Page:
The observed asymmetries between the indicators of structure and of process, seem to be a reflex of fragmented health systems channeled to the care of acute conditions and to the acutization of chronic conditions, even though they are under the guidelines of APS. One of the tenets of the family and community centered care is the knowledge/articulation/commitment of the health professionals themselves and with the community. In support of this rationale the World Health Organization highlights the emphasis on “interprofessional education and collaborative practice” to its member nations once the evidences indicate these technologies strengthen APS-oriented health systems, being decisive in dealing with global challenges such as HIV/Aids and tuberculosis epidemics [37].

The present evidences indicated that organizational management and effective planning are proportionally relevant dimensions of adequate health service delivery. Specifically, for the APS in the location researched the results point to the need of improvement in permanent education and in the articulation with other health attention services through management contracts as suggested alternatives to deal with the fragility of the clinical handling of individual, family and community centered multiprofessional care.

In what concerns to research issues, the greatest contribution of the present study is the viability of the evaluative method implemented. The research instrument was built up according to international guidelines and aims for the tuberculosis care, to scientific evidences, and to APS values [16], presenting itself as a relevant tool to assess the performance of the APS services in the control of TB and stressing the importance of the operational research as a support for the health care management.

The possibility of an information bias is pointed out as a limitation, given the negative aspects that might have been omitted. It should be noted that the information reached reflects the perspective of professionals, and it is recommended for future research to include other actors involved in TB care system. The results need to be considered with discretion when generalized to other municipalities.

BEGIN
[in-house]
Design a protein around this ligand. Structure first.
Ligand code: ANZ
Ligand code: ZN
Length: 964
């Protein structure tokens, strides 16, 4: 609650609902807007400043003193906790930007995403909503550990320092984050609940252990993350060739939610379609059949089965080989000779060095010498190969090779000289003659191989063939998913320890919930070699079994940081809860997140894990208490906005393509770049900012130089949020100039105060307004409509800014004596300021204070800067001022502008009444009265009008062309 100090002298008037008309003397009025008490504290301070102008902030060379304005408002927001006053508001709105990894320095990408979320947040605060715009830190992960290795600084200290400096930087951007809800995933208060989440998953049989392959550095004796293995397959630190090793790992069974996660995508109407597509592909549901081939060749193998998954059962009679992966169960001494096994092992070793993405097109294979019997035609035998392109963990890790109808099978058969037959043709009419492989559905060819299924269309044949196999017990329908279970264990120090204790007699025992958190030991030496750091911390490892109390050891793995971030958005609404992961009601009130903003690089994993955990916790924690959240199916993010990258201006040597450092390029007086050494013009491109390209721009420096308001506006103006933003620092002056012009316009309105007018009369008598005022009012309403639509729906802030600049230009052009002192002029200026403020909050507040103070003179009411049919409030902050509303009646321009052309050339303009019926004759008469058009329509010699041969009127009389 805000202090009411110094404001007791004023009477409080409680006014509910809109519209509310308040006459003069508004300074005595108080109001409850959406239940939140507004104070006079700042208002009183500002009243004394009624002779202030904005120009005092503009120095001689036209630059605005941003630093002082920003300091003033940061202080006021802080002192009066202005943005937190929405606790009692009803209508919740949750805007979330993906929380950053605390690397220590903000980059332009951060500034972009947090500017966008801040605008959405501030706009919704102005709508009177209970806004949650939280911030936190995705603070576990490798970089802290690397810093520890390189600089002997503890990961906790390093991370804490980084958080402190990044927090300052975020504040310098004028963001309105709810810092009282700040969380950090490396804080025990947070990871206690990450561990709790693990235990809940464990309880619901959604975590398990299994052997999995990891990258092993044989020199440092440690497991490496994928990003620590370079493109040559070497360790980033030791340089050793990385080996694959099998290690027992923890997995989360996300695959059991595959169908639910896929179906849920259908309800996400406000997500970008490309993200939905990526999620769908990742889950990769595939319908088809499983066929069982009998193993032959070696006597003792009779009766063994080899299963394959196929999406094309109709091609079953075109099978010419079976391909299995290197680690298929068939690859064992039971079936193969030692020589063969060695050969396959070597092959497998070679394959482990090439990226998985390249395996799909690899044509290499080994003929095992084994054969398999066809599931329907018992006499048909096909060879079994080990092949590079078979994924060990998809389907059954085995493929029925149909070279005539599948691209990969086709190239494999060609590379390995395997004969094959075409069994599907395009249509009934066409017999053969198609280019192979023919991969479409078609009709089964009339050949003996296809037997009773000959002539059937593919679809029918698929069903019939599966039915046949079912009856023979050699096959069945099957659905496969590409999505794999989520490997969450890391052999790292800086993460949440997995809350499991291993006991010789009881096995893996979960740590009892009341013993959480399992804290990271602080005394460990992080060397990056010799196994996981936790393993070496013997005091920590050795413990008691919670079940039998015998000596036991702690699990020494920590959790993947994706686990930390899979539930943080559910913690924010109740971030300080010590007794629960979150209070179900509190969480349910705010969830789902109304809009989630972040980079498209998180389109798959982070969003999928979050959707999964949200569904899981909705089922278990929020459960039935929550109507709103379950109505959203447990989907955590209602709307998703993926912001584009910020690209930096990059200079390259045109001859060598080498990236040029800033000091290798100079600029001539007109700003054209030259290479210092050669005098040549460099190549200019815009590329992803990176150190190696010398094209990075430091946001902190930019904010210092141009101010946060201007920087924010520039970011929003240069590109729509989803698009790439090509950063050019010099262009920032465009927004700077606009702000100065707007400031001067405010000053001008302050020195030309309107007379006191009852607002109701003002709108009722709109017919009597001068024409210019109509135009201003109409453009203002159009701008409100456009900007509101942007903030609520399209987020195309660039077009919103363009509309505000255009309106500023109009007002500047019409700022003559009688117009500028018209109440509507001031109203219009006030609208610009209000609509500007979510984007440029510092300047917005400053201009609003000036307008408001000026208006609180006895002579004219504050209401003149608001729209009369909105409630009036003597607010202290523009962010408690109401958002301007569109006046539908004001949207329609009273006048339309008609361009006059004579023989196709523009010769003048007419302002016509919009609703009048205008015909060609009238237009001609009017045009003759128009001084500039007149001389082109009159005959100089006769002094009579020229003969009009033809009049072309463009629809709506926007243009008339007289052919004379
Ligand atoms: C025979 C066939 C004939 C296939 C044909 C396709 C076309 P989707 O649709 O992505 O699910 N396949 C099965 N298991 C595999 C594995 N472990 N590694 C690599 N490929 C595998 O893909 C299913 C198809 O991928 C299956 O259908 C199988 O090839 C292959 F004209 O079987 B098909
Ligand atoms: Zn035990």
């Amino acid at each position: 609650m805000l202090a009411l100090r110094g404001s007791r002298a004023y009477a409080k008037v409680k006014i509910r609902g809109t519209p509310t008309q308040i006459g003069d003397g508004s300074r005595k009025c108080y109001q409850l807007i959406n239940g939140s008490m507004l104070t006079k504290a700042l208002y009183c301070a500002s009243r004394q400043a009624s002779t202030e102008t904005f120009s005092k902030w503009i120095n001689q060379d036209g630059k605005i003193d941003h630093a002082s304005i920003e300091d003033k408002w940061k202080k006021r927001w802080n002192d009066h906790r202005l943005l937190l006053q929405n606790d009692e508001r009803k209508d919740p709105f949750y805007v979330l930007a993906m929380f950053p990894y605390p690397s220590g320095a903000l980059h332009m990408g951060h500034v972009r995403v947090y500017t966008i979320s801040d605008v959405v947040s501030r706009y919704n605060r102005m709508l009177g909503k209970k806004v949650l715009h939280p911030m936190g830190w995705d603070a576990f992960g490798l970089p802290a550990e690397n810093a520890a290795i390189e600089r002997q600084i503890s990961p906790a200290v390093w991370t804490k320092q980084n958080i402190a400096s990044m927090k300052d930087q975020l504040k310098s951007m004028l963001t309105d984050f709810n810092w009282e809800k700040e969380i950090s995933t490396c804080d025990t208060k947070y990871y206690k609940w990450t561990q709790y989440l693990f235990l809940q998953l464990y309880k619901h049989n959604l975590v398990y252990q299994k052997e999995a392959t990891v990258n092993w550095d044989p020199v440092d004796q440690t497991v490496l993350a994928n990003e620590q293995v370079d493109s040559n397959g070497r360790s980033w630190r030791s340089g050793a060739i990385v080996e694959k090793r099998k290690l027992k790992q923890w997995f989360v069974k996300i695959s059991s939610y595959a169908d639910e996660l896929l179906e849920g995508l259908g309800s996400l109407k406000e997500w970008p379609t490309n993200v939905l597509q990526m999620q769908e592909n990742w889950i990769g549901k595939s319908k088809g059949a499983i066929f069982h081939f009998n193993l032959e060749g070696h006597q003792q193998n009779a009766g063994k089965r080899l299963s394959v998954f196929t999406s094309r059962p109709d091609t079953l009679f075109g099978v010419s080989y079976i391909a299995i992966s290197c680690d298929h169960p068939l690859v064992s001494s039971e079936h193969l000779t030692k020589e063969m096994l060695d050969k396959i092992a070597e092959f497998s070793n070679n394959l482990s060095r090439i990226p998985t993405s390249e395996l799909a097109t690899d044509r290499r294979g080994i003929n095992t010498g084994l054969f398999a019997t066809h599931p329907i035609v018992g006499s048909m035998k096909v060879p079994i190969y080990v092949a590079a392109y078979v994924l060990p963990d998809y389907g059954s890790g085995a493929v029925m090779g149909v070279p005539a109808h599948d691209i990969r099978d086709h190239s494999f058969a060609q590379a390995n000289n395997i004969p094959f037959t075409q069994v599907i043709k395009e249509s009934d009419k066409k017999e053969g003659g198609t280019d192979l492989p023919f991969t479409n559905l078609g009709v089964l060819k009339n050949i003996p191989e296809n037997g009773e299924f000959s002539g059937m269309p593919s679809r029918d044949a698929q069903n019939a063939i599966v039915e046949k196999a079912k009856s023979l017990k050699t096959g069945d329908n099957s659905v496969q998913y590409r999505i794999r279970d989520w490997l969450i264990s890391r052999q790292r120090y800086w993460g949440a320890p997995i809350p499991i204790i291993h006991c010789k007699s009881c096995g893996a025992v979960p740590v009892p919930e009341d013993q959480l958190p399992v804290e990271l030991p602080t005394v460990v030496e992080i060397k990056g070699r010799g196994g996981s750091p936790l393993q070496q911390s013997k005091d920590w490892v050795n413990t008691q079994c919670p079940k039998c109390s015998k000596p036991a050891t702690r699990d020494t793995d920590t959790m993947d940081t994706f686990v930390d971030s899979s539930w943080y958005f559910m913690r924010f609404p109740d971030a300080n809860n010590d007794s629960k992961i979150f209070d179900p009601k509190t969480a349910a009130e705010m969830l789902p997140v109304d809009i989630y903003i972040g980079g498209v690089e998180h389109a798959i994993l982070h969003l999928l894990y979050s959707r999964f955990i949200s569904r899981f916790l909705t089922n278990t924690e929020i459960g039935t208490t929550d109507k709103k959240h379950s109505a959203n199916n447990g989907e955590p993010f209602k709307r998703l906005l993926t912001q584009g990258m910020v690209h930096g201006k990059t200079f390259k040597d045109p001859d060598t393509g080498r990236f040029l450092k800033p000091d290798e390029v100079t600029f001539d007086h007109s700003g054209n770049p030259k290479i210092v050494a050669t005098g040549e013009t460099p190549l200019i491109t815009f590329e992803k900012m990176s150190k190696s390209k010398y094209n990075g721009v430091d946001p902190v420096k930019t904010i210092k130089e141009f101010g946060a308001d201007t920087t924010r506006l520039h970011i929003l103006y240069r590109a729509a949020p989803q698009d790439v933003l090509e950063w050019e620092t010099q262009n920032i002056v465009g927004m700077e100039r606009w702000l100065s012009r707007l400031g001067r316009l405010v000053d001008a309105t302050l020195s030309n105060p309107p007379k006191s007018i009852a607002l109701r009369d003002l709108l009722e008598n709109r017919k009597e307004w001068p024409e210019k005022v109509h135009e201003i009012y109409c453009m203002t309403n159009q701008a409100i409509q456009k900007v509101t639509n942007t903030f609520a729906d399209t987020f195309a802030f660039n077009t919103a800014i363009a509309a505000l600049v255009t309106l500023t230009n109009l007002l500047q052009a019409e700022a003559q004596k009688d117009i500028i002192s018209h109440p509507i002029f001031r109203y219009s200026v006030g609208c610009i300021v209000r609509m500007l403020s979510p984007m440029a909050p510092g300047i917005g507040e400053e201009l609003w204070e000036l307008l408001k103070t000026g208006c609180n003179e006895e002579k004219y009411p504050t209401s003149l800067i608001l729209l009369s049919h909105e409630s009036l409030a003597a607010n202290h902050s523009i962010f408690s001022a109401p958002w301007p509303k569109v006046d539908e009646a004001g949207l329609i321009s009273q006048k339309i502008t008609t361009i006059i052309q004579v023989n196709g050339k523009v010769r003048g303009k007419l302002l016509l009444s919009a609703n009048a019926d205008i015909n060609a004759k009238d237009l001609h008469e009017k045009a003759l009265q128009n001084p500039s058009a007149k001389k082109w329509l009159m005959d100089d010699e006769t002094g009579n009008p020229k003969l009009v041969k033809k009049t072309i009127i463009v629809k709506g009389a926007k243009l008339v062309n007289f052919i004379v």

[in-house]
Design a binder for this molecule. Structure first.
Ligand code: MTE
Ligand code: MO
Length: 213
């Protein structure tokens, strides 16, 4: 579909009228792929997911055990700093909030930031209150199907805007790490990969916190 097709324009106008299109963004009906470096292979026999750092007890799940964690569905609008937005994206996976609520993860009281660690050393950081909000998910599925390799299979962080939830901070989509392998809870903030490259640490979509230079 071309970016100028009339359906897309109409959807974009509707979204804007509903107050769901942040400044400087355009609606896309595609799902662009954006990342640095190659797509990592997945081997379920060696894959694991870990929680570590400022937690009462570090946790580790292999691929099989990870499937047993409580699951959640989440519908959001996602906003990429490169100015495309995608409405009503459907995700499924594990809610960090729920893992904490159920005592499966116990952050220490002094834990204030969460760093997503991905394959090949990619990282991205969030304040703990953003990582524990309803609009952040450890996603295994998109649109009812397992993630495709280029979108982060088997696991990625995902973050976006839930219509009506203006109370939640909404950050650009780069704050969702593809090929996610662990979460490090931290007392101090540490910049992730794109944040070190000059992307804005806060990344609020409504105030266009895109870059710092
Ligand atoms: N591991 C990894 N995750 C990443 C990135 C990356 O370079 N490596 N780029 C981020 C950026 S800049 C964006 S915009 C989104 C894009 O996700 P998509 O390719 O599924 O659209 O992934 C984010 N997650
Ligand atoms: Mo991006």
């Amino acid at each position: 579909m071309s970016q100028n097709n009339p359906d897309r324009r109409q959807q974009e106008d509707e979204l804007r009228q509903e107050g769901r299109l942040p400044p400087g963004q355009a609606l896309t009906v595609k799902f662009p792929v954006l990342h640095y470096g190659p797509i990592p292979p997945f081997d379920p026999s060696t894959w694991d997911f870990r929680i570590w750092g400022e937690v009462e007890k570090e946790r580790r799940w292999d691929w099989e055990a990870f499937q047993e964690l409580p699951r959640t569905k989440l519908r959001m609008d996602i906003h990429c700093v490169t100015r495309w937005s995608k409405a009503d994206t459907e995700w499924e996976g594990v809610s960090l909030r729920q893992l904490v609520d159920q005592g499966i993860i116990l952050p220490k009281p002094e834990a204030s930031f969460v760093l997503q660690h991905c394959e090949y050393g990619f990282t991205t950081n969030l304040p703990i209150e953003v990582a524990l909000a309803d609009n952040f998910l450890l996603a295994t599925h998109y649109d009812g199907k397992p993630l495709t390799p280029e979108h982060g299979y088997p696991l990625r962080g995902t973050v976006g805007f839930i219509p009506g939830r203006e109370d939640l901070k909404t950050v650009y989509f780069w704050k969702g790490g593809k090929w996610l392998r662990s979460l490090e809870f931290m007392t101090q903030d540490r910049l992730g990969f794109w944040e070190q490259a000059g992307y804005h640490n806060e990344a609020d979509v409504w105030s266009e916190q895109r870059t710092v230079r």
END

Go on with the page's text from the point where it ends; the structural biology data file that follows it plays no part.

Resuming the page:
The evaluation of the TB control pointed partial strongholds in relation to the structure of the UPHCs. Professionals had access to recording instruments and supplies. Items linked to human resources showed the worst performance. The greatest weaknesses were manifested by the process component, thus suggesting deficiency in clinical management of home visiting and educational activities aimed at the community. The PHC teams need to improve the organization of care, by optimizing the existing structure, in order to continue the treatment to promote longitudinal care. They need to understand it as an innovation and restructure practice to rescue the expanded concept of health and disease that encompasses both family and community through the involvement of the entire multidisciplinary team.

The assessment of the tuberculosis control program according to different sets of indicators allowed punctual critics of the specific actions that did not work properly. Although the aims and the material resources were coherent, permanent interprofessional education based on the APS principles is still needed. Concomitantly, it is fundamental to monitor the outcomes/impact of the tuberculosis care through evaluative operational researches contemplating the perspectives of the healthcare professionals, managers and users.


Not applicable.


No Animals/Humans were used for studies that are base of this research.


Not applicable.


The author (editor) declares no conflict of interest, financial or otherwise.


This study was funded by São Paulo Research Foundation – FAPESP (Grant number 2011/09469-6).


World Health Organization. Global Tuberculosis Report Geneva: WHO. Available from: tb/publications/global _report/en/ 2012.
DATASUS [Internet]. Brasília, Brasil: Ministério da Saúde: MS. Available from:
Queiroz LG, Giovanella L. Mercosur's regional health agenda: architecture and themes. Rev Panam Salud Publica 2011; 30(2): 182-8.
Villa TC, Ruffino-Netto A, Scatena LM, Andrade RL, Brunello ME, Nogueira JA, et al. Health services performance for TB treatment in Brazil: a cross-sectional study. BMC Health Serv Res (Online) 2011; 11(1): 241.
World Health Organization. Global Tuberculosis Control Report. Geneva 2011.
Regmi K, Naidoo J, Pilkington PA, Greer A. Decentralization and district health services in Nepal: understanding the views of service users and service providers. J Public Health (Oxf) 2010; 32(3): 406-17.
Atun R, Weil DE, Eang MT, Mwakyusa D. Health-system strengthening and tuberculosis control. Lancet 2010; 375(9732): 2169-78.
Starfield B. Re-inventing primary care: lessons from Canada for the United States. Health Aff 2010; 29(5): 1030-6.